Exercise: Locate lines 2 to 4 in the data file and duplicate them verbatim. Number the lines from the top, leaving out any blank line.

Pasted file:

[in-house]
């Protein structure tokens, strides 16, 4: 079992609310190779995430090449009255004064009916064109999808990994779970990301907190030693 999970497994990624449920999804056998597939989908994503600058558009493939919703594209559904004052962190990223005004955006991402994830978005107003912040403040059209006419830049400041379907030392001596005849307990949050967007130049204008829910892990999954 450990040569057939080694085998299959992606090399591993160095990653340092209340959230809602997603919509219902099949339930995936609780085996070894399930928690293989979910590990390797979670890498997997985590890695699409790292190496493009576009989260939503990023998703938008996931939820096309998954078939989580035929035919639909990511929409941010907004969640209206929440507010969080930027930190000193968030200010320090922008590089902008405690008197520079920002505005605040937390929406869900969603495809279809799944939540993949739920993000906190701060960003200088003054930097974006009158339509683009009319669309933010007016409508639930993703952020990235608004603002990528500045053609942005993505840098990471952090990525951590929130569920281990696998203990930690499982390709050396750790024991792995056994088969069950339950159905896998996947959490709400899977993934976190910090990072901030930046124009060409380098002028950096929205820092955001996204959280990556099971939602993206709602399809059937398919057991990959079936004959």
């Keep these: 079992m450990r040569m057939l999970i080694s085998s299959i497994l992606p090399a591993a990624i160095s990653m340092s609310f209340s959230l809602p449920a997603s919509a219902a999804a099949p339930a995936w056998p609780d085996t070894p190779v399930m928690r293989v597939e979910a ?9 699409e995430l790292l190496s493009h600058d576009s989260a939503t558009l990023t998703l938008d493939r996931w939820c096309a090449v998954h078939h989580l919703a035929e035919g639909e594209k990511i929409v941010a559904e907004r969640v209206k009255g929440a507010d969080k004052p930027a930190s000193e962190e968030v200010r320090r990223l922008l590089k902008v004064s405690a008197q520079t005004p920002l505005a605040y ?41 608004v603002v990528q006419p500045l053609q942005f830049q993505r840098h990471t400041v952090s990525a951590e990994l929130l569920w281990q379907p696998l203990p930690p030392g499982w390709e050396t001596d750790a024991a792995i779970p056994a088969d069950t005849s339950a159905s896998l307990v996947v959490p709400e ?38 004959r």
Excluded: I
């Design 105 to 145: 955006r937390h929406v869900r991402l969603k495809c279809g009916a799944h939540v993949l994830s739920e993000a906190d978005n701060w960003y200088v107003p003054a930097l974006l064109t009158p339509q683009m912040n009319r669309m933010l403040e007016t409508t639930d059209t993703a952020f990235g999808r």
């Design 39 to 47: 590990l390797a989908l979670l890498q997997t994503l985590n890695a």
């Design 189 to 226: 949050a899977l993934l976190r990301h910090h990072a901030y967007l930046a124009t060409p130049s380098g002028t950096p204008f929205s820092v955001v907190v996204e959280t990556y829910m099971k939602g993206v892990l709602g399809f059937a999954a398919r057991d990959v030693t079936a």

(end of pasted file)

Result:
């Protein structure tokens, strides 16, 4: 079992609310190779995430090449009255004064009916064109999808990994779970990301907190030693 999970497994990624449920999804056998597939989908994503600058558009493939919703594209559904004052962190990223005004955006991402994830978005107003912040403040059209006419830049400041379907030392001596005849307990949050967007130049204008829910892990999954 450990040569057939080694085998299959992606090399591993160095990653340092209340959230809602997603919509219902099949339930995936609780085996070894399930928690293989979910590990390797979670890498997997985590890695699409790292190496493009576009989260939503990023998703938008996931939820096309998954078939989580035929035919639909990511929409941010907004969640209206929440507010969080930027930190000193968030200010320090922008590089902008405690008197520079920002505005605040937390929406869900969603495809279809799944939540993949739920993000906190701060960003200088003054930097974006009158339509683009009319669309933010007016409508639930993703952020990235608004603002990528500045053609942005993505840098990471952090990525951590929130569920281990696998203990930690499982390709050396750790024991792995056994088969069950339950159905896998996947959490709400899977993934976190910090990072901030930046124009060409380098002028950096929205820092955001996204959280990556099971939602993206709602399809059937398919057991990959079936004959």
């Keep these: 079992m450990r040569m057939l999970i080694s085998s299959i497994l992606p090399a591993a990624i160095s990653m340092s609310f209340s959230l809602p449920a997603s919509a219902a999804a099949p339930a995936w056998p609780d085996t070894p190779v399930m928690r293989v597939e979910a ?9 699409e995430l790292l190496s493009h600058d576009s989260a939503t558009l990023t998703l938008d493939r996931w939820c096309a090449v998954h078939h989580l919703a035929e035919g639909e594209k990511i929409v941010a559904e907004r969640v209206k009255g929440a507010d969080k004052p930027a930190s000193e962190e968030v200010r320090r990223l922008l590089k902008v004064s405690a008197q520079t005004p920002l505005a605040y ?41 608004v603002v990528q006419p500045l053609q942005f830049q993505r840098h990471t400041v952090s990525a951590e990994l929130l569920w281990q379907p696998l203990p930690p030392g499982w390709e050396t001596d750790a024991a792995i779970p056994a088969d069950t005849s339950a159905s896998l307990v996947v959490p709400e ?38 004959r």
Excluded: I